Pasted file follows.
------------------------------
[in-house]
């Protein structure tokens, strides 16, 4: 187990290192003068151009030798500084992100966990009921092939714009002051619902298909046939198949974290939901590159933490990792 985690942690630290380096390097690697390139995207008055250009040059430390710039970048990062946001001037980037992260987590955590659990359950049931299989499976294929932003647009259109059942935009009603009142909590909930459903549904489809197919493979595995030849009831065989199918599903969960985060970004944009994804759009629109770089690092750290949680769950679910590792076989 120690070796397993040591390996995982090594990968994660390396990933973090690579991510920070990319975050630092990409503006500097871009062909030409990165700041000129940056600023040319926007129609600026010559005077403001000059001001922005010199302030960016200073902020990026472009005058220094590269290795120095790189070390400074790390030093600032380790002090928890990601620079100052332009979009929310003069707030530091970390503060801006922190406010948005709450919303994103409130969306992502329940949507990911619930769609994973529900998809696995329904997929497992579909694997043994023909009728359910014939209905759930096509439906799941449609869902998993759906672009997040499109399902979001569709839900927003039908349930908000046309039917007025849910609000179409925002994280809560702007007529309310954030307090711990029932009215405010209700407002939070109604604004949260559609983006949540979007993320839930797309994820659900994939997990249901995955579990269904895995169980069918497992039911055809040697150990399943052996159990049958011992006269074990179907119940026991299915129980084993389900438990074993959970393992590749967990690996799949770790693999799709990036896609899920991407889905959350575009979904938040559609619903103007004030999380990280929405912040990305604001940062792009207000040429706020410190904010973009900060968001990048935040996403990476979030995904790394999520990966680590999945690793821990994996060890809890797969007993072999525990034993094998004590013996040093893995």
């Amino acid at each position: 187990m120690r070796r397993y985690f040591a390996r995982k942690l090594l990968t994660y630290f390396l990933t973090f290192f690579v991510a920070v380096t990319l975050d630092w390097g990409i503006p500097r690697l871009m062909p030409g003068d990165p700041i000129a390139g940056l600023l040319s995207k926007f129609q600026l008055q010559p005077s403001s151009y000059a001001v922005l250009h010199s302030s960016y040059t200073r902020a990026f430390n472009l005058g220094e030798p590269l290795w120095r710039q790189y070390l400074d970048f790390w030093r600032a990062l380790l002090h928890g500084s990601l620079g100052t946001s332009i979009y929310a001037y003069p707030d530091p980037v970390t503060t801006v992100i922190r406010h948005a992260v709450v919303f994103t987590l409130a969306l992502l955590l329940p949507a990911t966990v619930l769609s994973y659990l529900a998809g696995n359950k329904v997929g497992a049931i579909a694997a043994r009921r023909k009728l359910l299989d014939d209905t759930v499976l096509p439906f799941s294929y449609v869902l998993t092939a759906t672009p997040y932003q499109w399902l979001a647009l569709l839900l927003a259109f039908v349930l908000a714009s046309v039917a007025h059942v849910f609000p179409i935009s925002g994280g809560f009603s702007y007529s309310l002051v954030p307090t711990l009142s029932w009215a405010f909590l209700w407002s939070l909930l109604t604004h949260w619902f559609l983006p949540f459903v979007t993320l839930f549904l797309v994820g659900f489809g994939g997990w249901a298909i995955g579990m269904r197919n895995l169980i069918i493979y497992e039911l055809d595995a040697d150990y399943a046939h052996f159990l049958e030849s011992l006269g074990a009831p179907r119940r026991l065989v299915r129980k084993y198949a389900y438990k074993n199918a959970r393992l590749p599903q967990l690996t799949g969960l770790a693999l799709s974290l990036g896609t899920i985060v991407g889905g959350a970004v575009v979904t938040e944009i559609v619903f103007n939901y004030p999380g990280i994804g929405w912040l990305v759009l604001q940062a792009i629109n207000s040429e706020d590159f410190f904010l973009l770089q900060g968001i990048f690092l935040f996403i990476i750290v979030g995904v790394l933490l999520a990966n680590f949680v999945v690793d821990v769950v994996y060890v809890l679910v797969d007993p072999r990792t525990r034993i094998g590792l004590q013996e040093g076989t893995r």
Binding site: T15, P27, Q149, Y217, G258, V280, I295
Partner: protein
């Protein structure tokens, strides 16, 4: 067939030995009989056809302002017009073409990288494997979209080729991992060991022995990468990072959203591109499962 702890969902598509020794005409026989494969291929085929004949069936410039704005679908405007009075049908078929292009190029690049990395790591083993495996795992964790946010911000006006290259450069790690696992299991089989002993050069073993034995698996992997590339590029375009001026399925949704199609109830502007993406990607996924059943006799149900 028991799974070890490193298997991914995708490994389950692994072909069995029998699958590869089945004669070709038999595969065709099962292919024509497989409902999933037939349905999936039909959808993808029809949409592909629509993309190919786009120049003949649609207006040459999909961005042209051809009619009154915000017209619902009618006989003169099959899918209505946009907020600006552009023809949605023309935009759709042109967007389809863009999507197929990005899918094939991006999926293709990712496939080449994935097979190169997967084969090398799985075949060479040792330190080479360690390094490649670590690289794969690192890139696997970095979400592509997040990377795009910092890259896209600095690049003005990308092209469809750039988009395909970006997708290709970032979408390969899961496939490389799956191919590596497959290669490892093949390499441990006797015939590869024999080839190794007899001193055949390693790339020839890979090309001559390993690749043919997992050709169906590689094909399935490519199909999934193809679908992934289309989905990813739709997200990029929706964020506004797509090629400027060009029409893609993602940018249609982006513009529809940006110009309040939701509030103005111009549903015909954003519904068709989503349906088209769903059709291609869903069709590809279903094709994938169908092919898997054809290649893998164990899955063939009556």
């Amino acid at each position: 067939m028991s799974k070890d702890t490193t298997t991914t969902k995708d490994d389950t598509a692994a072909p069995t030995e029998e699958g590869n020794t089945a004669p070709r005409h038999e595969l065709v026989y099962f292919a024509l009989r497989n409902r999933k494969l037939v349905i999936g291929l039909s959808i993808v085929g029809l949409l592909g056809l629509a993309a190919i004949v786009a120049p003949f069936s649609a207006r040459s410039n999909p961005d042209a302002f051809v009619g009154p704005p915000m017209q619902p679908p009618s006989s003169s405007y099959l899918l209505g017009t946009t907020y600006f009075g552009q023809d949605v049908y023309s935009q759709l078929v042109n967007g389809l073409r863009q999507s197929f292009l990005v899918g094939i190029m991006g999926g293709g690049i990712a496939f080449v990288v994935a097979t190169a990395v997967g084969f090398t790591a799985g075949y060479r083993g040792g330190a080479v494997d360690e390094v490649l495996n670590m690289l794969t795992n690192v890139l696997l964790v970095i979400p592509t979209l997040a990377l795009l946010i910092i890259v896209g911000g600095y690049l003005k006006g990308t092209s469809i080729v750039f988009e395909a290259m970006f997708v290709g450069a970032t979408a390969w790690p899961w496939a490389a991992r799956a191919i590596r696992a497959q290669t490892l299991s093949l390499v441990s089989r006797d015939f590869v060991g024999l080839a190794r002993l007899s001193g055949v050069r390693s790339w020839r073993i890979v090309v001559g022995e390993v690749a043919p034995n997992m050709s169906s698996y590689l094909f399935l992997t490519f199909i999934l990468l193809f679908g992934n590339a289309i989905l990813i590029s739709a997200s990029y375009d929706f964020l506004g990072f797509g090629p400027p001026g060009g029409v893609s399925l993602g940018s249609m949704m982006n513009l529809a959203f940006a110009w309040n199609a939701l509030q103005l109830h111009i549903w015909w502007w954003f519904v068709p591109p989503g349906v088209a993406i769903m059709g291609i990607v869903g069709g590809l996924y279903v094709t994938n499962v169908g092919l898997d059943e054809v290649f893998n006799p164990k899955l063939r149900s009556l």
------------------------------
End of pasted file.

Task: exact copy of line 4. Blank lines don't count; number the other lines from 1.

Binding site: T15, P27, Q149, Y217, G258, V280, I295